For 10 years, James A. Larson, PhD, chaired the World Wide Web Consortium’s Voice Browser Working Group, which creates standard languages for developing speech applications. He is a member and contributor to the W3C’s Multimodal Interaction Working Group which creates standard languages for multimodal applications. Jim is co-chair of the SpeechTEK conferences held in New York. Jim is a columnist for Speech Technology Magazine and the author of VoiceXM: Introduction to Developing Speech Applications and books on user interfaces and database management systems. Jim is an adjunct professor at Portland State University and the Oregon Institute of Technology in Portland, Oregon, where he teaches courses in user interfaces, database management systems, and speech applications. He is the vice president of Larson Technical Services.
Chin-Hui Lee has accumulated 20 years of industry and 12 years of academia experience in speech processing. He is a Fellow of the IEEE and ISCA, and has published 400 papers and 30 patents. He won the Signal Processing Society's 2006 Technical Achievement Award for "Exceptional Contributions to the Field of Automatic Speech Recognition". Recently in 2012 he was awarded the ISCA Medal of Scientific Achievement for "pioneering and seminal contributions to the principles and practice of automatic speech and speaker recognition, including fundamental innovations in adaptive learning, discriminative training and utterance verification".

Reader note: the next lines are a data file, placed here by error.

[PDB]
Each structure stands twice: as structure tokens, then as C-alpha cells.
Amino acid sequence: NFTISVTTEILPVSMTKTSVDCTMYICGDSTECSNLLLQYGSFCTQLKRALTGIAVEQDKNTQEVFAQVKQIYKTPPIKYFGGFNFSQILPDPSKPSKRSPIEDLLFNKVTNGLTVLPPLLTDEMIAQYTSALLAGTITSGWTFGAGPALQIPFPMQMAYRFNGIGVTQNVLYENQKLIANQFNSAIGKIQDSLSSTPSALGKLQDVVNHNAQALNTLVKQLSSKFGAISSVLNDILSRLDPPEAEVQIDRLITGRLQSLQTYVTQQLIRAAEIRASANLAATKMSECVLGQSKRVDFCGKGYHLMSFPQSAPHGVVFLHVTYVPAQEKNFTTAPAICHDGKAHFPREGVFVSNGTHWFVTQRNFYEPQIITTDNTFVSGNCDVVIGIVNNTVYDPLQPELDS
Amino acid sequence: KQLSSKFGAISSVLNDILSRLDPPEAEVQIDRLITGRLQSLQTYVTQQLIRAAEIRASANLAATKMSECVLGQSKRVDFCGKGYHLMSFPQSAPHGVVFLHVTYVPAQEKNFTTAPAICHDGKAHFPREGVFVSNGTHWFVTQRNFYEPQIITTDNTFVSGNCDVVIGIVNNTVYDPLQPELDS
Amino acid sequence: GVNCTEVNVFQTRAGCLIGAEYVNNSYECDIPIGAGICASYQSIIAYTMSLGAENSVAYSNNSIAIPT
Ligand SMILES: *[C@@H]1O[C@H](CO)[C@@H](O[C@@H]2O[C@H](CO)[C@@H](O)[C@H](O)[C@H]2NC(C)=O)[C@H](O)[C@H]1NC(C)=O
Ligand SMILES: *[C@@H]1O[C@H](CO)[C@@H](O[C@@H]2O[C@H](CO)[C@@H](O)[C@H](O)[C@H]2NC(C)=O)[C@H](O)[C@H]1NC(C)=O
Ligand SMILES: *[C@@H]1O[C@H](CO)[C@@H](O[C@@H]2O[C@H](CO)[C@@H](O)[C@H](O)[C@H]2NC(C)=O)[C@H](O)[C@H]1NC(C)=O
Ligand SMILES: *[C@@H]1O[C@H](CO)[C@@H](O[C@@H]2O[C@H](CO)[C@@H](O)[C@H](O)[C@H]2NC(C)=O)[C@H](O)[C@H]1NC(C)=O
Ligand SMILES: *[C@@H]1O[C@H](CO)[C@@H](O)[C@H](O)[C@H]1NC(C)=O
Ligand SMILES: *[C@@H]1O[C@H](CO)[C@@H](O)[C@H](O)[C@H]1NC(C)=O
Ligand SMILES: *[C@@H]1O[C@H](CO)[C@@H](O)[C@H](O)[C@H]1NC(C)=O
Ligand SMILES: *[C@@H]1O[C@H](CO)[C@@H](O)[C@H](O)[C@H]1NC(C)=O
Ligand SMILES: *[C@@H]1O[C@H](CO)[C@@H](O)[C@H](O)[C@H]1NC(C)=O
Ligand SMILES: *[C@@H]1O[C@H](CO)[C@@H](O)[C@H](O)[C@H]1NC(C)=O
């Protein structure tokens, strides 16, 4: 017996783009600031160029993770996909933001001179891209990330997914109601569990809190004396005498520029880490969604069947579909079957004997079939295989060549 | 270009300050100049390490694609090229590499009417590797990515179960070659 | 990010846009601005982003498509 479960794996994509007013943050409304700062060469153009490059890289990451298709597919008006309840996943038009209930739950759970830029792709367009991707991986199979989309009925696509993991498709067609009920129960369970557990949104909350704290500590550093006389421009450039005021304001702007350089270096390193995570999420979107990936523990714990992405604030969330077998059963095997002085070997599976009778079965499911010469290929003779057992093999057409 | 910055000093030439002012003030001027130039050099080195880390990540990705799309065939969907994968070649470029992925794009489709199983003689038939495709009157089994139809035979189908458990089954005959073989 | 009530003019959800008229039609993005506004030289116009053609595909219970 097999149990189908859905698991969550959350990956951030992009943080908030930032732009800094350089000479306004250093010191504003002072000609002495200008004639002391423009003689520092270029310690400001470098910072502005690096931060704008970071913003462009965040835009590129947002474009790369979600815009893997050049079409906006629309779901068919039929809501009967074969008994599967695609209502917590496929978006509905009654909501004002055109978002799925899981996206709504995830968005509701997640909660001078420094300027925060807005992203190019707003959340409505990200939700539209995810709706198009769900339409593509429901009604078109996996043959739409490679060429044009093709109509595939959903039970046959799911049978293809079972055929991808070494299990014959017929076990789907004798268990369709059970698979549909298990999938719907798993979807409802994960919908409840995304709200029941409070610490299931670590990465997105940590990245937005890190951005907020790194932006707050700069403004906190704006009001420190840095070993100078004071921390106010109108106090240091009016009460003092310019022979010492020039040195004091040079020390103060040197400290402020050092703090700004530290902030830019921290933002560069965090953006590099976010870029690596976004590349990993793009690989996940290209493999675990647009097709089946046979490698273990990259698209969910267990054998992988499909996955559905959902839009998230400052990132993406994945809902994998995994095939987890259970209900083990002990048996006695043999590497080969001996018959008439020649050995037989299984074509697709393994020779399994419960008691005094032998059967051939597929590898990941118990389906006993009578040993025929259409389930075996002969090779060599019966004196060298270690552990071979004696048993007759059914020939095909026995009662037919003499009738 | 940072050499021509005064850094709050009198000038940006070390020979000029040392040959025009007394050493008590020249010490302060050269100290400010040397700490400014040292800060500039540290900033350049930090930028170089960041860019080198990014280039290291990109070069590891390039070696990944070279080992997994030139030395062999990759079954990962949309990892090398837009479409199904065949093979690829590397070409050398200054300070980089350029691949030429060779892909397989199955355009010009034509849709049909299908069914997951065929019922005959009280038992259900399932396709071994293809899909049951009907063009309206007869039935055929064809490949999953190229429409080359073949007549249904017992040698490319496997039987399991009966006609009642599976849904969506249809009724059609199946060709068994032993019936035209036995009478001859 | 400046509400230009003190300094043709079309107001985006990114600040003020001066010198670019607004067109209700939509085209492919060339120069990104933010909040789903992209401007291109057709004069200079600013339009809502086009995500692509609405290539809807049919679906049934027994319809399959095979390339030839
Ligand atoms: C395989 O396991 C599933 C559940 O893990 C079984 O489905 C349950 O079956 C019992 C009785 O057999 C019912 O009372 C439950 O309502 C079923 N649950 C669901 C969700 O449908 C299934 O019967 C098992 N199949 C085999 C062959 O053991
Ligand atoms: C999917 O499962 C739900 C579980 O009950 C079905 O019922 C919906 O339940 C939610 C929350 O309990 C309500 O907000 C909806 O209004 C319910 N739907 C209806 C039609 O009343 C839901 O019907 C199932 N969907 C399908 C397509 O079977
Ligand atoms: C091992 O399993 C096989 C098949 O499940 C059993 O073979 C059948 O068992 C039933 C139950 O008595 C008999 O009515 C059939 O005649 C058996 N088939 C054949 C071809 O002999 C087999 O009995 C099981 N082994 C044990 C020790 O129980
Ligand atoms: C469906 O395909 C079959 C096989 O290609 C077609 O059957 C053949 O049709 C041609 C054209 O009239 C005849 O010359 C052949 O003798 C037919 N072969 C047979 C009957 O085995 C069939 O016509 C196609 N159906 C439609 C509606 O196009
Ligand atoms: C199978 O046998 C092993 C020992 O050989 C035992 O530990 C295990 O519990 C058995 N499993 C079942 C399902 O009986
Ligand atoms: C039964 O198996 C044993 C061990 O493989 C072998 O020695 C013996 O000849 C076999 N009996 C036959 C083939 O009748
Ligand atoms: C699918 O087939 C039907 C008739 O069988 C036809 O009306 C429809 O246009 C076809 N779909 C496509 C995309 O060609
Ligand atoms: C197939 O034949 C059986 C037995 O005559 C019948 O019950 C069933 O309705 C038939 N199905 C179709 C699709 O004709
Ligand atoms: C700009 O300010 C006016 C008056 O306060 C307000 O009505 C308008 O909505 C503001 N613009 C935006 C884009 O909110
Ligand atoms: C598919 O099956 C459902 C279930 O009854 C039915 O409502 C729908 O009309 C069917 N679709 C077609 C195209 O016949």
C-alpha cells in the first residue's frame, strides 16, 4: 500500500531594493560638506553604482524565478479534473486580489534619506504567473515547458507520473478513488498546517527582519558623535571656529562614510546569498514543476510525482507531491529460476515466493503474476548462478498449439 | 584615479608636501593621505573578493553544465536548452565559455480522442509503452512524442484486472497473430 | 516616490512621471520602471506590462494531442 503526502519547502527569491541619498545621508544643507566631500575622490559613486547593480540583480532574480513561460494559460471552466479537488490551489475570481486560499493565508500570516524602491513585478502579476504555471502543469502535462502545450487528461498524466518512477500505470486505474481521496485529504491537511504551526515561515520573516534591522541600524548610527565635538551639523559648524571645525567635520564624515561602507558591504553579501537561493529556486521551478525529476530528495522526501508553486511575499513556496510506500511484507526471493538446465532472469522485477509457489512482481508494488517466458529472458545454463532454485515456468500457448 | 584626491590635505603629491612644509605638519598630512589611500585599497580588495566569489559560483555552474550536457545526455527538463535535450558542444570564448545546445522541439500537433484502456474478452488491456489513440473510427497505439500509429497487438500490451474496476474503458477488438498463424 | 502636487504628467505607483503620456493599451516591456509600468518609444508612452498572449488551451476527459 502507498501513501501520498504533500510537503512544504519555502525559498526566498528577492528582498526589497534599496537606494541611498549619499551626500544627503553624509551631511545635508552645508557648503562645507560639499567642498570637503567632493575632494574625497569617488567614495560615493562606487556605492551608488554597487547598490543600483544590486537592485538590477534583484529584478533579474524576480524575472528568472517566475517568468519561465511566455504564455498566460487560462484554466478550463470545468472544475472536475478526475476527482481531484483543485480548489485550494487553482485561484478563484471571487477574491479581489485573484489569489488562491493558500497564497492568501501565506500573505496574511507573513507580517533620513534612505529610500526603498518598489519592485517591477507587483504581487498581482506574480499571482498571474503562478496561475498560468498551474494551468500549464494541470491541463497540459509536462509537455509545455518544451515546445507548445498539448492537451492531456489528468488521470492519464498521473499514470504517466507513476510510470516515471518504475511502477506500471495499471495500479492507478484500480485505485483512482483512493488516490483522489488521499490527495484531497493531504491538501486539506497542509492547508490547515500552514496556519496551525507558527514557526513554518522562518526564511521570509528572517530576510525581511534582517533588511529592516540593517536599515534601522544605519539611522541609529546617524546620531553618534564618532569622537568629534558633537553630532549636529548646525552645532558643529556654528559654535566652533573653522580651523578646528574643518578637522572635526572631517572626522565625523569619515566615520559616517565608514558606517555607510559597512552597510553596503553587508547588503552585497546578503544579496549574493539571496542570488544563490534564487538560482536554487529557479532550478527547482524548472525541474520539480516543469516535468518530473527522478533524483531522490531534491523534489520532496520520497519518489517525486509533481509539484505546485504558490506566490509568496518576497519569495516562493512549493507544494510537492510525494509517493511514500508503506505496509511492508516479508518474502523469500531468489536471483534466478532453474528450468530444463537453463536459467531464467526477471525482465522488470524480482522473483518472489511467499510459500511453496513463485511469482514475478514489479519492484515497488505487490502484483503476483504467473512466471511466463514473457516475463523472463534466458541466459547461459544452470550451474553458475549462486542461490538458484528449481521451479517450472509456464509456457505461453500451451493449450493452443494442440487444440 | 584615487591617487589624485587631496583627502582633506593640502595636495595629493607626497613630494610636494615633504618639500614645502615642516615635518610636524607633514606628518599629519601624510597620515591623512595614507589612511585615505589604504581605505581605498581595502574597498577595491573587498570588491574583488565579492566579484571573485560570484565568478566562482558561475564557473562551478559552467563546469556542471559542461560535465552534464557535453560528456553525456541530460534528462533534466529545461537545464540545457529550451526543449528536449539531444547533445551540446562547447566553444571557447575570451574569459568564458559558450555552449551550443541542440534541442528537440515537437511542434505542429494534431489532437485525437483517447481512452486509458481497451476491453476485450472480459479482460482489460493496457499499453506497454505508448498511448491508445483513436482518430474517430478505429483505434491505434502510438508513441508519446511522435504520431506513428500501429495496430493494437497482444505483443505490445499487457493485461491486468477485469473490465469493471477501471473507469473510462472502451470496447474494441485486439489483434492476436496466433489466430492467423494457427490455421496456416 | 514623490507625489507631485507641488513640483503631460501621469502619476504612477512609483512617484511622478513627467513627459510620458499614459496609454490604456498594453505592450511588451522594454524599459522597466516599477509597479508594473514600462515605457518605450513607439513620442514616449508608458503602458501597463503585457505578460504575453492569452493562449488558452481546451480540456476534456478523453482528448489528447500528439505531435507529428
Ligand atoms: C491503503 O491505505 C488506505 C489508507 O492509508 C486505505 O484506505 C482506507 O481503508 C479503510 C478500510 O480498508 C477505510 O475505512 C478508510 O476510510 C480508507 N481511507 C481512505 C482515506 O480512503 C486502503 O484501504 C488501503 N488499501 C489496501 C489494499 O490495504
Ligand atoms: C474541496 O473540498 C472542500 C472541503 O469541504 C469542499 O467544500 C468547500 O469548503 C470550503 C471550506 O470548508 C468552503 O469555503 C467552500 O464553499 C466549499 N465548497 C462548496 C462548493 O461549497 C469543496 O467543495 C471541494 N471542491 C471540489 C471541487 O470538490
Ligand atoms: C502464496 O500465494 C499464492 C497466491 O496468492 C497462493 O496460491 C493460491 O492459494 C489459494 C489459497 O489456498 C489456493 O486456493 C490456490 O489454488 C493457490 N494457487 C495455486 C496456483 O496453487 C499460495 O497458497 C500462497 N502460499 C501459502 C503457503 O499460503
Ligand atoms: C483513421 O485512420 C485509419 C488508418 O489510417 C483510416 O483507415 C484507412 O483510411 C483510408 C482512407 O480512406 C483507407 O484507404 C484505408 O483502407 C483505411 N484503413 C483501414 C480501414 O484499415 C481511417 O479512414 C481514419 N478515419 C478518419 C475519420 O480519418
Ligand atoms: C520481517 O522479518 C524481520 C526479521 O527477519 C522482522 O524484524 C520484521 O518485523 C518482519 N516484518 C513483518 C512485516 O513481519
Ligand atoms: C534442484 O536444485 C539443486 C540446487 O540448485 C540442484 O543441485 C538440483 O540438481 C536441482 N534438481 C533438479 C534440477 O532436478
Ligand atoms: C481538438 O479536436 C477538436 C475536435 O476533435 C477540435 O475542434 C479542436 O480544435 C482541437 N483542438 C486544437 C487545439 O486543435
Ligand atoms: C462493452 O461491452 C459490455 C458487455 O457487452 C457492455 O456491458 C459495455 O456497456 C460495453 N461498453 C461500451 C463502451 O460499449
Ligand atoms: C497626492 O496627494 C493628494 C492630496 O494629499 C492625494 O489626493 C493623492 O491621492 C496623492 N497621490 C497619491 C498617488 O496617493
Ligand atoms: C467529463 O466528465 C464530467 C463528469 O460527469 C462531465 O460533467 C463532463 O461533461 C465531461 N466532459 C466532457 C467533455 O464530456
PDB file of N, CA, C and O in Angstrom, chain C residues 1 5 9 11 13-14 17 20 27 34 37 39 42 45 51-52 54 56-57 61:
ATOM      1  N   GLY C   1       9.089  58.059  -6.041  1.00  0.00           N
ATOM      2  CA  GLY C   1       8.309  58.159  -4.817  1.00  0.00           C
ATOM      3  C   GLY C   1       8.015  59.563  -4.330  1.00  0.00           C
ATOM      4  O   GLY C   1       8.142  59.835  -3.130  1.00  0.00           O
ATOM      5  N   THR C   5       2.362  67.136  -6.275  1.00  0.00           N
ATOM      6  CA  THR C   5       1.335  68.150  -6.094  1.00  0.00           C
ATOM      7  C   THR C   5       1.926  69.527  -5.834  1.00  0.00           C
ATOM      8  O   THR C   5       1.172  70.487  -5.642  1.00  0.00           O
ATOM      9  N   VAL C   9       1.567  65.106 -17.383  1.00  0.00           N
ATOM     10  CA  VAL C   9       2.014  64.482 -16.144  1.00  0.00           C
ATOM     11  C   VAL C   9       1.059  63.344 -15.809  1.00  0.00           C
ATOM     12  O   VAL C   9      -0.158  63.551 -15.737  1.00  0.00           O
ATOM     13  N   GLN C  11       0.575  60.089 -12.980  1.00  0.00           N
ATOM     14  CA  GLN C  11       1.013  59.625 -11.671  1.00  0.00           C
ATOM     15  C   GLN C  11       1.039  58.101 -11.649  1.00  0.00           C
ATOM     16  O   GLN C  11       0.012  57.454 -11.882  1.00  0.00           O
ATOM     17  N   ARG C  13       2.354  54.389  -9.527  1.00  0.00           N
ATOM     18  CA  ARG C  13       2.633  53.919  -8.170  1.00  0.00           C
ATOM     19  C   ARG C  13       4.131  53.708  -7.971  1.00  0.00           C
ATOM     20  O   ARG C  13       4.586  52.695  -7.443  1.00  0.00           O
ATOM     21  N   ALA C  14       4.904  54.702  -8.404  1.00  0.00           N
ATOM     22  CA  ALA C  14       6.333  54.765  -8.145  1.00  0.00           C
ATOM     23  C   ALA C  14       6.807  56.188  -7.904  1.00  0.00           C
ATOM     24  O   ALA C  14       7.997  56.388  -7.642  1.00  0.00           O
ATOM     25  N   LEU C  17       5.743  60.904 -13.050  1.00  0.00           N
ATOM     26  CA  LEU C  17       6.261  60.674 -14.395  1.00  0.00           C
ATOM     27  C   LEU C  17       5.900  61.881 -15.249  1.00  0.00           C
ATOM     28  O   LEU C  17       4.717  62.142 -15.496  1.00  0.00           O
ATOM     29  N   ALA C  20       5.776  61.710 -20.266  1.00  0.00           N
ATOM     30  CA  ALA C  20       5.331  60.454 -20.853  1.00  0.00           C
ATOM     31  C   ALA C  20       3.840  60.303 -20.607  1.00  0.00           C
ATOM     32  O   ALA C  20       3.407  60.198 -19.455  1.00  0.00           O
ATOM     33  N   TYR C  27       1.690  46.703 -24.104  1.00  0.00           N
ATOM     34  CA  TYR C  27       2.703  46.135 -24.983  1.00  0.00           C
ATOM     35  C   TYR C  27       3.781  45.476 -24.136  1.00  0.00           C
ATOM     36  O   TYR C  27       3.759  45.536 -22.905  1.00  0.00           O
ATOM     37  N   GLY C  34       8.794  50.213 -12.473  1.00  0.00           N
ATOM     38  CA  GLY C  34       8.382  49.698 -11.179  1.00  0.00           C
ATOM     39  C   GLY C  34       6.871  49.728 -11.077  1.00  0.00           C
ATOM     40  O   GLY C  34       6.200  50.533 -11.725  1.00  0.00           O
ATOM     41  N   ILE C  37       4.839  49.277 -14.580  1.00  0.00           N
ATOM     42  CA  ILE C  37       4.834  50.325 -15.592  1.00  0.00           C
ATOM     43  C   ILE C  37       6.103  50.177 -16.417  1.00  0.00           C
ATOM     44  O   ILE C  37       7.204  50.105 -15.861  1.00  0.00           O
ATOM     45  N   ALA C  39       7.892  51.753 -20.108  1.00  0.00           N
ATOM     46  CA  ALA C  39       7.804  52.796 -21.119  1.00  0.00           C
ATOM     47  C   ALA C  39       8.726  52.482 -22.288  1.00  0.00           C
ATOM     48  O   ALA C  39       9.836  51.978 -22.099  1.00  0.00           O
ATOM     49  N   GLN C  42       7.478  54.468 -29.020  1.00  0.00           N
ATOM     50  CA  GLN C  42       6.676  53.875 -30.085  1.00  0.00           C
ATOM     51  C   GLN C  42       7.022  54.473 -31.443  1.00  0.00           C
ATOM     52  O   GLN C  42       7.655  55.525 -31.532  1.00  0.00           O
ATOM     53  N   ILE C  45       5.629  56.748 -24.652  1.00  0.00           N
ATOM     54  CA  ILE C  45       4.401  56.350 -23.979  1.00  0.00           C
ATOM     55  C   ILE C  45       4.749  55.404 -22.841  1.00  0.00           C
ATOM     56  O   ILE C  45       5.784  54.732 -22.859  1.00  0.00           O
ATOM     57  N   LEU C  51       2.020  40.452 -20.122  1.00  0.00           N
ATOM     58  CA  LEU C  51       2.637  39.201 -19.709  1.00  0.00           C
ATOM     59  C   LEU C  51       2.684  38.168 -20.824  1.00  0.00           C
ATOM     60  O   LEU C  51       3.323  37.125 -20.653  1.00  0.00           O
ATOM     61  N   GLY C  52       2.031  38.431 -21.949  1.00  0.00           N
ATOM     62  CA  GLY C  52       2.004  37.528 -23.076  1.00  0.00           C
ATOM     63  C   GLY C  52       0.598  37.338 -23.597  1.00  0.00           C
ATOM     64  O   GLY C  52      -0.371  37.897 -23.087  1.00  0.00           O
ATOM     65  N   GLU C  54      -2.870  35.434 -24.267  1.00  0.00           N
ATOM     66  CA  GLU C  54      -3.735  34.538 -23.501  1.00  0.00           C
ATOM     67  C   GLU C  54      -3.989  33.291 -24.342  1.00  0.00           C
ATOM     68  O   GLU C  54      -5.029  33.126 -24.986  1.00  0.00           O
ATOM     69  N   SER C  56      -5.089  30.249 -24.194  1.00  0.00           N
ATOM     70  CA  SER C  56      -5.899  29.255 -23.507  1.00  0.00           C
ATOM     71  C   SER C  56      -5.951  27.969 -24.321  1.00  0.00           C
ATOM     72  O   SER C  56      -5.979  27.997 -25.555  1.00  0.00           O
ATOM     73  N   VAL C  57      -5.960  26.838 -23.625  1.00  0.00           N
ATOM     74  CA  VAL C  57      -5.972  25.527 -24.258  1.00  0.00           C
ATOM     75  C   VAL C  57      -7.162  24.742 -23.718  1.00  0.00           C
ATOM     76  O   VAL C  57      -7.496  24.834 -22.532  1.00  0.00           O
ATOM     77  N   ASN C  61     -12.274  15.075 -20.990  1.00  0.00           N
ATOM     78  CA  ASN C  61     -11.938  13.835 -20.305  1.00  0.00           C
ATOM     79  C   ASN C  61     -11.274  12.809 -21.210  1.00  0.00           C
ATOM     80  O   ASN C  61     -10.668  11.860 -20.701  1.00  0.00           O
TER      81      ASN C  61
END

Received the B.Sc. and M.Sc. degrees in 1964 and 1967, respectively, from the Technion -Israel Institute of Technology, Haifa, Israel, and the PhD degree in 1971 from the University of Minnesota, Minneapolis, all in Electrical Engineering. He joined in 1972 the Technion, where he has been an Elron-Elbit Professor of Electrical Engineering until his retirement in October 2011, becoming a Professor Emeritus. During the period 1979 to 2001 he spent about 6 years, cumulatively, of sabbaticals and summer leaves at AT&T Bell Laboratories, Murray Hill, NJ, and AT&T Labs, Florham Park, NJ, conducting research in the areas of Speech and Image Communication. In 1975 he co-established the Signal and Image Processing Laboratory (SIPL), at the Technion, and has since served as its academic head. The lab is active in Image/Video and Speech/Audio Processing research and education. From 2006 to 2010 he served as the Director of the Center for Communication and Information Technologies - CCIT, at the EE Department, Technion. This center hosts the EE Dept. Industrial Liason Program (ILP). He was on the Editorial Board of the Journal of Visual Communication and Image representation, from 1999 to 2012, and during 2010 - 2011, he was on the Senior Editorial Board of IEEE Journal of Selected Topics in Signal processing. He is a recipient of the 2007 IBM Faculty Award, and a recipient of the 2011 Outstanding Achievement Award from his Alma Mater – the University of Minnesota. He became a Fellow of the IEEE in 1987, and since 2009 he is a Life Fellow of the IEEE. His main research interests are in Image, Video, Speech and Audio Coding; Speech and Image Enhancement; Text to Speech Synthesis; Hyperspectral Image Analysis; Data Embedding in Signals, and in Digital Signal Processing Techniques.